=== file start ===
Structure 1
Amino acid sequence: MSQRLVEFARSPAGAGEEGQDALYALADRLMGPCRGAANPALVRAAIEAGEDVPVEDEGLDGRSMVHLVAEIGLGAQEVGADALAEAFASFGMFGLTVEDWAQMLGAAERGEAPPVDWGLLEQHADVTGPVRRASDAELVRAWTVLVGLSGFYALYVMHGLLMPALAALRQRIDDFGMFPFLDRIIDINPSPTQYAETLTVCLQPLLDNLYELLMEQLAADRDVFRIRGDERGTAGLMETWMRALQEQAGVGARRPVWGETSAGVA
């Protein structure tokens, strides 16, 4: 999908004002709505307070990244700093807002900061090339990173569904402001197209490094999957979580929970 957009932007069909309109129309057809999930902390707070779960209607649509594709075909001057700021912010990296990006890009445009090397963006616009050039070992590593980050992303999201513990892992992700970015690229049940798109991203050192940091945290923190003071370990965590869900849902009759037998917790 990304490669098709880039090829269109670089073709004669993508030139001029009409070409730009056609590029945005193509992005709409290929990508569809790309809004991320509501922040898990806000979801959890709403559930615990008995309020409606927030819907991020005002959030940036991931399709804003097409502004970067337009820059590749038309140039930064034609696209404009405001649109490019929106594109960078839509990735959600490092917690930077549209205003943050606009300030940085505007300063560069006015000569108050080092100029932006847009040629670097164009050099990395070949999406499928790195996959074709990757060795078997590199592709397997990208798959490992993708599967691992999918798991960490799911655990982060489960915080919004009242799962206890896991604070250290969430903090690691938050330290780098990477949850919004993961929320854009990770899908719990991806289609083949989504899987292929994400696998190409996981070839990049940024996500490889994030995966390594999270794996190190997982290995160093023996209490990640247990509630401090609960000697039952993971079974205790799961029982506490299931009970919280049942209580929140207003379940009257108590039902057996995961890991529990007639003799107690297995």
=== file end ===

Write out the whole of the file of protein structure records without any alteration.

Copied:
Structure 1
Amino acid sequence: MSQRLVEFARSPAGAGEEGQDALYALADRLMGPCRGAANPALVRAAIEAGEDVPVEDEGLDGRSMVHLVAEIGLGAQEVGADALAEAFASFGMFGLTVEDWAQMLGAAERGEAPPVDWGLLEQHADVTGPVRRASDAELVRAWTVLVGLSGFYALYVMHGLLMPALAALRQRIDDFGMFPFLDRIIDINPSPTQYAETLTVCLQPLLDNLYELLMEQLAADRDVFRIRGDERGTAGLMETWMRALQEQAGVGARRPVWGETSAGVA
């Protein structure tokens, strides 16, 4: 999908004002709505307070990244700093807002900061090339990173569904402001197209490094999957979580929970 957009932007069909309109129309057809999930902390707070779960209607649509594709075909001057700021912010990296990006890009445009090397963006616009050039070992590593980050992303999201513990892992992700970015690229049940798109991203050192940091945290923190003071370990965590869900849902009759037998917790 990304490669098709880039090829269109670089073709004669993508030139001029009409070409730009056609590029945005193509992005709409290929990508569809790309809004991320509501922040898990806000979801959890709403559930615990008995309020409606927030819907991020005002959030940036991931399709804003097409502004970067337009820059590749038309140039930064034609696209404009405001649109490019929106594109960078839509990735959600490092917690930077549209205003943050606009300030940085505007300063560069006015000569108050080092100029932006847009040629670097164009050099990395070949999406499928790195996959074709990757060795078997590199592709397997990208798959490992993708599967691992999918798991960490799911655990982060489960915080919004009242799962206890896991604070250290969430903090690691938050330290780098990477949850919004993961929320854009990770899908719990991806289609083949989504899987292929994400696998190409996981070839990049940024996500490889994030995966390594999270794996190190997982290995160093023996209490990640247990509630401090609960000697039952993971079974205790799961029982506490299931009970919280049942209580929140207003379940009257108590039902057996995961890991529990007639003799107690297995």